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Servicemen laid to rest ... 38 years later

A return home from the Vietnam War with full military honors

From Paul Courson
CNN Washington Bureau

A U.S. Marine Corps rifle squad gave the servicemen a 21 gun salute during the service Tuesday.

WASHINGTON (CNN) -- Funerals came nearly four decades late for four U.S. servicemen, three of whom who were laid to rest at Arlington National Cemetery on Tuesday.

They died May 9, 1967, when their reconnaissance patrol came under heavy fire near the U.S. Marine base at Khe Sanh in Quang Tri Province of South Vietnam.

Surviving patrol members were unable to recover their bodies before being taken to safety by rescue helicopter.

Marine Cpl. Ron Zaczek, the crew chief of that helicopter, said he had talked with the men's relatives and "they told me that they never resented any of the guys that lived ... and they understood why we couldn't get them out. For me that is about as close as it gets to finishing the job."

As part of a joint U.S.-Vietnam effort to recover remains and document the fate of soldiers missing from the war, local citizens came forward in 1991 offering information and skeletal remains as proof they knew where the dead Americans were lost.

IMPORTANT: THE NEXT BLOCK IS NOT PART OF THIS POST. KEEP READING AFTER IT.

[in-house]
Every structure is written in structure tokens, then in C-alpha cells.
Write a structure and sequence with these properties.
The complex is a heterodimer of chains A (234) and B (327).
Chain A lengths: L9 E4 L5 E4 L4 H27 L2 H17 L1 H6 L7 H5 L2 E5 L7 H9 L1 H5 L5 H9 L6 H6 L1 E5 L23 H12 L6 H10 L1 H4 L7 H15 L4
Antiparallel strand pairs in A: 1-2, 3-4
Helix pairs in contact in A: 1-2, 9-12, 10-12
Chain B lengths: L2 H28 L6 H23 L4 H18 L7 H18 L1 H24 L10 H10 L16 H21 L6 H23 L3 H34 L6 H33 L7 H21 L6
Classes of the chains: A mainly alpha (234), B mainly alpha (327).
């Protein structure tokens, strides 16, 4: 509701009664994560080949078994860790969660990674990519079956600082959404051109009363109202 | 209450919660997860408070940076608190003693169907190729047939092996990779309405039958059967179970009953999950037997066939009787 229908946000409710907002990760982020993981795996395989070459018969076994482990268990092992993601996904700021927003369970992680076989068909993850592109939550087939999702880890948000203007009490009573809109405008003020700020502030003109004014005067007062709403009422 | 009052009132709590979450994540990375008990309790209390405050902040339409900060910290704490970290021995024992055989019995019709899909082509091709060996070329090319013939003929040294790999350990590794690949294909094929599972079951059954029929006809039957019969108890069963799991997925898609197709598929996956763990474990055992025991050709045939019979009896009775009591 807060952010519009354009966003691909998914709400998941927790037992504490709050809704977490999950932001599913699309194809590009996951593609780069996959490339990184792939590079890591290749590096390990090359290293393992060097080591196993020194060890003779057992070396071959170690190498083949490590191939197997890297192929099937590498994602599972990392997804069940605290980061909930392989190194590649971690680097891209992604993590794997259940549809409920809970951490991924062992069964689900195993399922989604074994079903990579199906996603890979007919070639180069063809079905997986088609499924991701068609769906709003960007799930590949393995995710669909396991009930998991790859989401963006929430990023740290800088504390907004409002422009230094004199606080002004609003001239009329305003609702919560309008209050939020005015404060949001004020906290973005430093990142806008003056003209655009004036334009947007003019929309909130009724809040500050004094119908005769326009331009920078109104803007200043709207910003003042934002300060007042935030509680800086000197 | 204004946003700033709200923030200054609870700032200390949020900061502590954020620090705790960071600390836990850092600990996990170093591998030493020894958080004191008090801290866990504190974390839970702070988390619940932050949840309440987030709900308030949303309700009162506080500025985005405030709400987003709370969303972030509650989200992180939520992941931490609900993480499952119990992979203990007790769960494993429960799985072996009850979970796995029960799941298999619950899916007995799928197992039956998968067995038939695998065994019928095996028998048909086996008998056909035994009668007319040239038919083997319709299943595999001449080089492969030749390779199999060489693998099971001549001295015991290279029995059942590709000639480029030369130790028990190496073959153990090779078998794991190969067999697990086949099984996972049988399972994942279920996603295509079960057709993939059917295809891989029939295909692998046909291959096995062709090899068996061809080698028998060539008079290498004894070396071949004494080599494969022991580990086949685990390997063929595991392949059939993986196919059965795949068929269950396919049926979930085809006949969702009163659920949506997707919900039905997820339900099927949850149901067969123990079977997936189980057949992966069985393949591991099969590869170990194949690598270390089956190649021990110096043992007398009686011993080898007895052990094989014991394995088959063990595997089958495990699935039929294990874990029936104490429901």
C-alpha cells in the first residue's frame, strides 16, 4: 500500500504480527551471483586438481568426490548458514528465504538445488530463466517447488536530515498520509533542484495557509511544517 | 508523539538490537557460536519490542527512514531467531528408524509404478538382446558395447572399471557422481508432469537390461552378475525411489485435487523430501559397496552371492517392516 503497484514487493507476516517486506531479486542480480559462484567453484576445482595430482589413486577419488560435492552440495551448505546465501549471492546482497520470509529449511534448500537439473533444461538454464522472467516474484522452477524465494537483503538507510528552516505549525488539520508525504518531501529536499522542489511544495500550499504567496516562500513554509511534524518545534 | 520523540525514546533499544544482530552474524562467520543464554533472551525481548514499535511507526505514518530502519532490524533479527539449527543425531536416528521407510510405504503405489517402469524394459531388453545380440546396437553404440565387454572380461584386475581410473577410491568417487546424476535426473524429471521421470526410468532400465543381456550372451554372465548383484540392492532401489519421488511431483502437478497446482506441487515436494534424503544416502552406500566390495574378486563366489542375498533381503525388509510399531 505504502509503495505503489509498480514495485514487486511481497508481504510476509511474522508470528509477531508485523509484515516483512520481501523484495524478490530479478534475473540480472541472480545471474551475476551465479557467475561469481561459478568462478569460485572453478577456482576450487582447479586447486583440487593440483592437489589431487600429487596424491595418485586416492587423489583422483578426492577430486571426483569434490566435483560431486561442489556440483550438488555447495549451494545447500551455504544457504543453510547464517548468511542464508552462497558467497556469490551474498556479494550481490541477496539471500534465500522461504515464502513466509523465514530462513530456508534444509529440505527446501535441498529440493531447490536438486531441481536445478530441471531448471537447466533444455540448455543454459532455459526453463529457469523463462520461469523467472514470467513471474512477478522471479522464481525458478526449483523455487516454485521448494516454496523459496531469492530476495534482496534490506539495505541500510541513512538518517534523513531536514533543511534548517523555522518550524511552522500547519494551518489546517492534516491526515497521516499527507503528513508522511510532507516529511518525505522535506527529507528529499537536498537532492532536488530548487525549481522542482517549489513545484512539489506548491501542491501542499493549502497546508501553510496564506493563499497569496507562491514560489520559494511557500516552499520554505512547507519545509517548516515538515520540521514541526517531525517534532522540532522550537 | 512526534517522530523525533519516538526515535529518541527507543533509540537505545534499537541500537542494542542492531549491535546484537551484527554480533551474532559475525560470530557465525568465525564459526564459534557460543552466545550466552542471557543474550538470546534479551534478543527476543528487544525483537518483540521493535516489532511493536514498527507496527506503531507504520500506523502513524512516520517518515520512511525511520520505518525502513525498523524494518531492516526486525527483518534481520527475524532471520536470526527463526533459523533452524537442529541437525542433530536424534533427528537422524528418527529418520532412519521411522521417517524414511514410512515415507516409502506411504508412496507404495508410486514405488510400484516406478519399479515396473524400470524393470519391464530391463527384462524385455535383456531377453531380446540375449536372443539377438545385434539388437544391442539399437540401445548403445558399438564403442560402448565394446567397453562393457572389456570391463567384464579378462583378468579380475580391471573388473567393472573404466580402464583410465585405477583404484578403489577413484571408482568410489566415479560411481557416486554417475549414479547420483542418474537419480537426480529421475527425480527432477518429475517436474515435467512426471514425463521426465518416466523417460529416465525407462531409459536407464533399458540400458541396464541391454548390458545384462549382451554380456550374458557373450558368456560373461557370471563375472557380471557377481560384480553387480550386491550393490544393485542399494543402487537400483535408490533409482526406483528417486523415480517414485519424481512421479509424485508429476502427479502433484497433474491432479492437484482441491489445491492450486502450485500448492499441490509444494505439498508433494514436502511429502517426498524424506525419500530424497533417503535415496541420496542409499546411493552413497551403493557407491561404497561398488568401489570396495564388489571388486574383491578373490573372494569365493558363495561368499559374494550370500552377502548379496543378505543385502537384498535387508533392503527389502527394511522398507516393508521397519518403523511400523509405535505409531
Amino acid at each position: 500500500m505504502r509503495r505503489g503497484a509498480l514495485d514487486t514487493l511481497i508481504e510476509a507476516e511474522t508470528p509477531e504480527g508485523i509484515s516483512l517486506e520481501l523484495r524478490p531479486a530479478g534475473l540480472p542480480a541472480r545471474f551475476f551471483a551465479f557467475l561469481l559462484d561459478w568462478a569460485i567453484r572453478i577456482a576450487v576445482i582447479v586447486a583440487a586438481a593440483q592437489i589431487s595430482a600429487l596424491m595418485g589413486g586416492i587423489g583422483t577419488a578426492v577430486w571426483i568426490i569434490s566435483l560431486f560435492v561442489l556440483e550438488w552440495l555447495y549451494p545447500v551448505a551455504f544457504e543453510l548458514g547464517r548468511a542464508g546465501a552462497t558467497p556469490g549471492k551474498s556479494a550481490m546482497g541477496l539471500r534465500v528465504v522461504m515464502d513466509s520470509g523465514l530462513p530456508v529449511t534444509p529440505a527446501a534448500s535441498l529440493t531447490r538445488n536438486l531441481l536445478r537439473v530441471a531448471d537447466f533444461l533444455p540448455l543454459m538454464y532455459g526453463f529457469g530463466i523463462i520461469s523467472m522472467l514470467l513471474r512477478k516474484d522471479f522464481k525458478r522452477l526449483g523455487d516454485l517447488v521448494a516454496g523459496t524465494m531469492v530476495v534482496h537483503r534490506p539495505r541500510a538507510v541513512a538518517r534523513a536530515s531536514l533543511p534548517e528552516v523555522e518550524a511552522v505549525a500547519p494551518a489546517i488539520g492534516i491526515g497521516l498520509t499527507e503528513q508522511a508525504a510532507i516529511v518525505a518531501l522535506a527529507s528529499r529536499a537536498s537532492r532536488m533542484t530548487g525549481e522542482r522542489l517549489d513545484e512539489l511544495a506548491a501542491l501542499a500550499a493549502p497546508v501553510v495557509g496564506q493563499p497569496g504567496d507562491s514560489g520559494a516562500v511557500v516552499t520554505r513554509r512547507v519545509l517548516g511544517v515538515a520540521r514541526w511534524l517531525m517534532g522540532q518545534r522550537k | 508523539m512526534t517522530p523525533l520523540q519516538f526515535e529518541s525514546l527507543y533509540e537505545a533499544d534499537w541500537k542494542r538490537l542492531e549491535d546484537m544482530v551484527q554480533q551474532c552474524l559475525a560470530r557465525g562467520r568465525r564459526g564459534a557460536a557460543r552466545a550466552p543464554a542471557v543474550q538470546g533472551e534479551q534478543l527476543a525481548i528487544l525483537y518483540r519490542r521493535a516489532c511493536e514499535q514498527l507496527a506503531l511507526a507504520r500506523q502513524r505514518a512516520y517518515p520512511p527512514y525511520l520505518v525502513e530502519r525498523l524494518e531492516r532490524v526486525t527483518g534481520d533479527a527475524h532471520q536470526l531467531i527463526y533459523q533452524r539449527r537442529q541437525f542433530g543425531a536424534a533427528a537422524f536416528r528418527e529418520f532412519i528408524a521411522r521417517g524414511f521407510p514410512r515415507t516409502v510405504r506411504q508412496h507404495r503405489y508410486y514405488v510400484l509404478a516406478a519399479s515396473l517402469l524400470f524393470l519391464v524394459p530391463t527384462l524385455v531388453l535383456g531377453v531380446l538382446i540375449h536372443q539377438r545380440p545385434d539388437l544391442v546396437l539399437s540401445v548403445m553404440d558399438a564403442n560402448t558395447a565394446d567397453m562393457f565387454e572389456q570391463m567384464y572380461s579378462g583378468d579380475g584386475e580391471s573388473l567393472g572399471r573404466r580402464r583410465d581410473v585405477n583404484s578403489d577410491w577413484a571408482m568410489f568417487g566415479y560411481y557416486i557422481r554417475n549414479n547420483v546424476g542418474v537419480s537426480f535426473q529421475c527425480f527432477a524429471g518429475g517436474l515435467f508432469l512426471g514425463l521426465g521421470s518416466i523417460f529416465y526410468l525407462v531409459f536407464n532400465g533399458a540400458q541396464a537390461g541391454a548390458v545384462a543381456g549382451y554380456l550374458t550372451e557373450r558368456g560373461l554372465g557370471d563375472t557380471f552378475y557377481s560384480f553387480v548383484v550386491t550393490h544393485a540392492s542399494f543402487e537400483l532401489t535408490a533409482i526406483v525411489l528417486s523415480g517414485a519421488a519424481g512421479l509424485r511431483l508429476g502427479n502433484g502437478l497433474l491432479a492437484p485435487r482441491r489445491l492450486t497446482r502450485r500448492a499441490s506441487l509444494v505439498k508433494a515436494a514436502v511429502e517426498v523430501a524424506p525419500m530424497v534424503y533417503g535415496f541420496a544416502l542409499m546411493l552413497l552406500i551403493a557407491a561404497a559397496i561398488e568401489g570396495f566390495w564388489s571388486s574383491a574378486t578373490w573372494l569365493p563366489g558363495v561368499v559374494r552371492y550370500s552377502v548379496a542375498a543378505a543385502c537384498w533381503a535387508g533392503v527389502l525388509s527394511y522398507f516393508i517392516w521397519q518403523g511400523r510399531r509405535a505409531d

After several excavations in recent years, forensic scientists were able to identify U.S. Marine Sgt. James Tycz of Milwaukee, Wisconsin; Marine Lance Cpl. Samuel Sharp Jr. of San Jose, California; Marine 2nd Lt. Heinz Almeyer Jr. of Pearl River, New York; and Navy Petty Officer 3rd Class Malcolm Miller of Tampa, Florida.

Sharp was buried Saturday with his family in his hometown, but received full military honors along with his comrades who were buried Tuesday at Arlington.

Almeyer's sister, Irene, told CNN she's glad for the closure. "I really didn't think that after all these years that they would find my brother. But I am very, very grateful, " she said.

A single hearse delivered the remains of the three men for a group burial in a shared casket.

With an American flag resting on top, the casket was carried by honorary pallbearers who gently lowered it to the ground.

They held the American flag above the casket as a Marine band played "Taps," a rifle squad fired three volleys, and clergymen said prayers for the men.

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